Car News

Holden sales plummet, 23 months of gloom for new car market

The FCAI has released its Vfacts report for February and none of it’s good news unless you were one of the brands which bucked the downward sales trend.

There were close to 300 fewer cars sold every day last month compared to February 2019, making February 2020 the 23rd month in a row of declining sales in the Australian car market. And after the sudden axing of Holden last month, sales for the lion brand plummeted to all-time lows.

You can blame Australia’s increasing reluctance to cough up for a new car on things like bush fires, floods, drought, and financial uncertainty according to the Federal Chamber of Automotive Industries. In fact, coronavirus is listed as a hurdle for new car sales too.

“The Australian new vehicle market has now seen a downturn each month for the past 23 months,” says FCAI’s CEO Tony Weber.

“In economic terms, a recession is declared after two quarters of negative growth – and this industry has now seen seven consecutive quarters of negative growth.

“There is no doubt that this is an extraordinarily difficult time for the automotive industry – a situation sadly underlined by the recent announcement of Holden’s withdrawal from the Australian market.”

Indeed, Holden has been hugely hit for sales last month, sliding to sixteenth (from tenth) on the chart, moving just 1367 vehicles in February compared to 2641 vehicles in January 2020 according to Vfacts data. That’s fewer vehicles than Isuzu which only sells a ute and wagon.

Specifically, sales of Colorado ute, usually a strong performer for Holden, were down almost 40 per cent, moving just 598 units in total. Not that it matters now, given the bigger picture is GM has left right-hand drive markets, closed up Holden and axed 600 of the 800 staff here.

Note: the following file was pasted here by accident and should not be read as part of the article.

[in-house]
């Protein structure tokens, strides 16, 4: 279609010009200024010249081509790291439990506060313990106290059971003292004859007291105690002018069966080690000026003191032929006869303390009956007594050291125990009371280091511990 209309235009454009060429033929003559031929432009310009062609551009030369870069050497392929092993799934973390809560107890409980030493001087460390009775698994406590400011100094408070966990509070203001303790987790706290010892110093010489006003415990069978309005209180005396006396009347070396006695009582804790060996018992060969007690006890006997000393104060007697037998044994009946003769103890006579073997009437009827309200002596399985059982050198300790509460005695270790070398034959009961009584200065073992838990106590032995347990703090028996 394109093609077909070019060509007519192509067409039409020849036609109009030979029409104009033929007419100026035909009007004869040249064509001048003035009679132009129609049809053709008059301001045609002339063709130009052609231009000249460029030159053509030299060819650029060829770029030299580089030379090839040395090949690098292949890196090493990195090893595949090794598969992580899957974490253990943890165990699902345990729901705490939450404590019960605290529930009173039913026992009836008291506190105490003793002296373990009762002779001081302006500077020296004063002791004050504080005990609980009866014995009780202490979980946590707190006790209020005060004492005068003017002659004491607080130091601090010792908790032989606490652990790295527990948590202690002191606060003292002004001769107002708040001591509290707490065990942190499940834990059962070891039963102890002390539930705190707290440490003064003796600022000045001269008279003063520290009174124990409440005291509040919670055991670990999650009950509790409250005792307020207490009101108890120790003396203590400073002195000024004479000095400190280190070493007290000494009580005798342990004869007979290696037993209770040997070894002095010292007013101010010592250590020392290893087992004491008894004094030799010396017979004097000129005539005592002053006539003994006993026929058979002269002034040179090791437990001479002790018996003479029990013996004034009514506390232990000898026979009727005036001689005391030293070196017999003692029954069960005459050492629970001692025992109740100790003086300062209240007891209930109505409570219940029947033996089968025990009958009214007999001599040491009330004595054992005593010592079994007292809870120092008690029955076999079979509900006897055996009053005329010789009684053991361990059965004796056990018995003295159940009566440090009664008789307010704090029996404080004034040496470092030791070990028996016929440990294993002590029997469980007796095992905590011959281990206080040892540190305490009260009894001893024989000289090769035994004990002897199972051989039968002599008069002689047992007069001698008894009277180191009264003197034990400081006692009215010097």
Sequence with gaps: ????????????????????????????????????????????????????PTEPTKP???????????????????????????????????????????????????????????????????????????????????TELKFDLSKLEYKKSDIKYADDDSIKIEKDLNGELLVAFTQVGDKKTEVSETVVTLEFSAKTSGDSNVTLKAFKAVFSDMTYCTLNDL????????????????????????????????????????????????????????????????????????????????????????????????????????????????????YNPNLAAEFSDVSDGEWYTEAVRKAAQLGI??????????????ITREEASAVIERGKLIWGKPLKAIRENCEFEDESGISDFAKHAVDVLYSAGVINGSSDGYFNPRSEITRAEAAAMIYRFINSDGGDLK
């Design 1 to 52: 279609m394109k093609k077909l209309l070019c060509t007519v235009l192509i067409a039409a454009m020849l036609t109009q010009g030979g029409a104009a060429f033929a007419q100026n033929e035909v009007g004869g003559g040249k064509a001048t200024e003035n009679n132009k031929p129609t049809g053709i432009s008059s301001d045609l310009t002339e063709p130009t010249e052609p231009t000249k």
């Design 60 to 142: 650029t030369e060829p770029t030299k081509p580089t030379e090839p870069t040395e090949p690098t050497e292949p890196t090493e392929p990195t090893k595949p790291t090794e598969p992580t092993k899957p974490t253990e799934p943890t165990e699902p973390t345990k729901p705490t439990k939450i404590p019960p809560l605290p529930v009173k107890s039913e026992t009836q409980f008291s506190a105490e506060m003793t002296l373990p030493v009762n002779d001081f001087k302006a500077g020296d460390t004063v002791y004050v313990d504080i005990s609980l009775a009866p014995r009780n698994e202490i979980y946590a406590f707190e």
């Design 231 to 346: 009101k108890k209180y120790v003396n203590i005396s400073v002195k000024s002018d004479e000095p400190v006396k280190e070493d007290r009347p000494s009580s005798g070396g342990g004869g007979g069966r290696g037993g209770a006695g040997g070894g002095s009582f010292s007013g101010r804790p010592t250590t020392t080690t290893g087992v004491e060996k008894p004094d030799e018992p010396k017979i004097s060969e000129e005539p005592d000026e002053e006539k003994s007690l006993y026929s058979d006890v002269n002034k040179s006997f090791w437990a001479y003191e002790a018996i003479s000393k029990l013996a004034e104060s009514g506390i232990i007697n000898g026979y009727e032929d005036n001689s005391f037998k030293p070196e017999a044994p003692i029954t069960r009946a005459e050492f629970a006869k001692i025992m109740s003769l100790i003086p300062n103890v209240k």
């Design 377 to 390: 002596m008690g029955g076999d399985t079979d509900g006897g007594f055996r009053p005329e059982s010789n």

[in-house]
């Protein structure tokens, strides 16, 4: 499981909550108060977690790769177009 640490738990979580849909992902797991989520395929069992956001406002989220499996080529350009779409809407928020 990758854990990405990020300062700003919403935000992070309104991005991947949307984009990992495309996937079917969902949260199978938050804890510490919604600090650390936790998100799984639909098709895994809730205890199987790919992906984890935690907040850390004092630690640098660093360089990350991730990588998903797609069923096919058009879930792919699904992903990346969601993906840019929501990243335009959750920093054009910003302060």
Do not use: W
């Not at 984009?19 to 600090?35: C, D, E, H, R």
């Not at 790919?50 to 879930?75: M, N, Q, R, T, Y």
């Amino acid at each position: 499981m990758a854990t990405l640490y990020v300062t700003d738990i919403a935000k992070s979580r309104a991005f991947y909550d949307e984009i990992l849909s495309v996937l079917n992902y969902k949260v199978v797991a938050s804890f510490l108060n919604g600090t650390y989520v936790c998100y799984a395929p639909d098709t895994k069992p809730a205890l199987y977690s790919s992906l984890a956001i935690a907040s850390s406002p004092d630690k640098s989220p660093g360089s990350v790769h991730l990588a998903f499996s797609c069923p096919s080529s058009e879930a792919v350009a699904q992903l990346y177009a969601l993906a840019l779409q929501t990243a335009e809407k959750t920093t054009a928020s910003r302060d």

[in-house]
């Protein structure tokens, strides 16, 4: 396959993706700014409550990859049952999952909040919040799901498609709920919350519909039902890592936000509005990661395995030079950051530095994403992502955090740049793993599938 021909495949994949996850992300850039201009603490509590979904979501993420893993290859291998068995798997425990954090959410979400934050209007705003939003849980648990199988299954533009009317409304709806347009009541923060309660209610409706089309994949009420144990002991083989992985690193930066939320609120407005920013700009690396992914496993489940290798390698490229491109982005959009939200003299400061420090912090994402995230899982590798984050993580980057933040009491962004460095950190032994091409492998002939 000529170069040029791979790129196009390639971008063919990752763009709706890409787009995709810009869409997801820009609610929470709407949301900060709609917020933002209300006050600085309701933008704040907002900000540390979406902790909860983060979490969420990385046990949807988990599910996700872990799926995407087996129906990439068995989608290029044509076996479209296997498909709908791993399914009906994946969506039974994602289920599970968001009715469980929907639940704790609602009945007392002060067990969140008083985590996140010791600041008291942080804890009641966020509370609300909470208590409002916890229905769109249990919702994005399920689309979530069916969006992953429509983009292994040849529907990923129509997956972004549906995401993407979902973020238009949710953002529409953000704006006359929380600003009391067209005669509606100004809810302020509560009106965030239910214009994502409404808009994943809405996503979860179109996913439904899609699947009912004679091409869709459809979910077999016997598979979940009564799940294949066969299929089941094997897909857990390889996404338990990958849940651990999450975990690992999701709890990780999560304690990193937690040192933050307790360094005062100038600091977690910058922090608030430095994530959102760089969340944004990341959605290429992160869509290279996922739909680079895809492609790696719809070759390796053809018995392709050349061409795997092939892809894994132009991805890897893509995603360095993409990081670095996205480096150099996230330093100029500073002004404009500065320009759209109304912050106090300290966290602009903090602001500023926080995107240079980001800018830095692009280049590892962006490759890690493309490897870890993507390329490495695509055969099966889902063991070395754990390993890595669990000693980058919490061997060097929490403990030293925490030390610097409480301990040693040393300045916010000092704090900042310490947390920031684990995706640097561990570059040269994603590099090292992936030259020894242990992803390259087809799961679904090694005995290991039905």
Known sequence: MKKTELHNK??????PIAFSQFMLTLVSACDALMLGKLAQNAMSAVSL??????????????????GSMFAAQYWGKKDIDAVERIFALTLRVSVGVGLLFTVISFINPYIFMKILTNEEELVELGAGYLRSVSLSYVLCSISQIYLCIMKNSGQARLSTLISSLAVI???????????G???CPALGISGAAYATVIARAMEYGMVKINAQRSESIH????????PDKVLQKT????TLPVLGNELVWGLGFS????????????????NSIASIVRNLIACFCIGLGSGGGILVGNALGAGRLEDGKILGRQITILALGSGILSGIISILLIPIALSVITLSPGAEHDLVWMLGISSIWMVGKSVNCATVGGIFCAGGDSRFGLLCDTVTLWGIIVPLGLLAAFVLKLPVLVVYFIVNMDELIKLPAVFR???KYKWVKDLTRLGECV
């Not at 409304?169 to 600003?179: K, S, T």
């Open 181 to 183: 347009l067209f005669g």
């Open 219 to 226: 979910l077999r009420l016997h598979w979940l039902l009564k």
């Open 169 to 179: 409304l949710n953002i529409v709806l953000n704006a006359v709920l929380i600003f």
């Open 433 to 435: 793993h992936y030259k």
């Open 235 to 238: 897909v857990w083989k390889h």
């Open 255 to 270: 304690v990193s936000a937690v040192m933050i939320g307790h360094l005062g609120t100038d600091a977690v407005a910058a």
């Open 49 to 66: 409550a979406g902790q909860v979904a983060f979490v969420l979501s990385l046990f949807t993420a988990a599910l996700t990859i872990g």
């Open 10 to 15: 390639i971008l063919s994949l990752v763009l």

There are makers selling plenty of vehicles though. High achiever last month was Toyota, as usual, notching up 17,679 sales (22.1 per cent market share), 3421 of those Hiluxes and 3375 of them Rav4s. Next was Mazda, which in the face of heavily declining private car sales managed to shift 7320 units, claiming nine per cent market share. Third was Hyundai (5945), fourth Mitsubishi (5513), and fifth Kia (5120). Some makers such as Kia and Subaru, and to a lesser extent Toyota, recorded better sales last month year-on-year.

Of the almost 80,000 vehicles sold last month, 39,304 were SUVs, which is a whopping 49.2 per cent of the market, 15,523 light commercial vehicles (19.4 per cent of the market) and 22,648 passenger vehicles (28.3 per cent of the market).

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